Teaching Students--and the Rest of Us--How to Be Appreciative
May 08, 2012
In honor of Teacher Appreciation Week, Beacon Broadside is running a series of posts on educators and education.
Award-winning educator Linda F. Nathan founded the Boston Arts Academy in 1998. She consults and speaks on educational issues nationally and internationally, and teaches a graduate course at Harvard on building democratic schools. Nathan is the author of The Hardest Questions Aren't on the Test: Lessons from an Innovative Urban School.
Senior year is by far the most demanding at Boston Arts Academy. Students must truly demonstrate one of our shared values: passion with balance. Their final senior Humanities paper and group project is due. Opening nights for their final arts exhibitions and performances are just around the corner. Many must still scramble to pay for senior dues, prom, and yearbook.
These demands can feel like too much, and adolescents often forget to react to stress with grace. How many adults know how to do this? So today, in our assembly, I reminded our seniors about the importance of showing teachers their appreciation.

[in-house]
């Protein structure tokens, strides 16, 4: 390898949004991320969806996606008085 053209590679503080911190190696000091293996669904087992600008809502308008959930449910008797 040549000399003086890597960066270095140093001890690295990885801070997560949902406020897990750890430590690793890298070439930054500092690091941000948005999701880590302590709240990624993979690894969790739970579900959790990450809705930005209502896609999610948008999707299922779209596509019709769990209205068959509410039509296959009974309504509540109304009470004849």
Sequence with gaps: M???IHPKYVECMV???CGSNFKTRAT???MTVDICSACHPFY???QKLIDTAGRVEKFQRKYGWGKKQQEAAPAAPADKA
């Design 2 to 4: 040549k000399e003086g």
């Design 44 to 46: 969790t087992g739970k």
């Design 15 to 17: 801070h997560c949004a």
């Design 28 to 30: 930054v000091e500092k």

If each senior writes one note to one teacher, I would feel I had done my job. I want students to recognize the brilliance and selflessness of so many of their teachers. Sadly, the general public could benefit from this education as well.
I recalled in assembly how each of my staff has done something terrific with kids and with one another as colleagues. In my “Celebrating Another Year Together” presentation each year, I name remarkable things that our faculty has accomplished. I remind us of the various ways teachers took on extra responsibilities, implemented a new curriculum, succeeded with a particular project or simply were present daily for students. If I could, I would reimburse every teacher for the thousands of dollars they have collectively spent on student supplies, taking students to lunch, driving students home, etc...
And finally, if I could, I would put a huge stop sign at the door to prevent high-stakes testing from taking over the curriculum. I would let teachers know that I hold them accountable for high standards, that I trust them to do an excellent job, and that I will not tie their evaluations to test scores.
Alas, it is the letter and my own writing that I know I can deliver. The rest is up to the students I encourage, and to a behavior of appreciation that the community can model for them.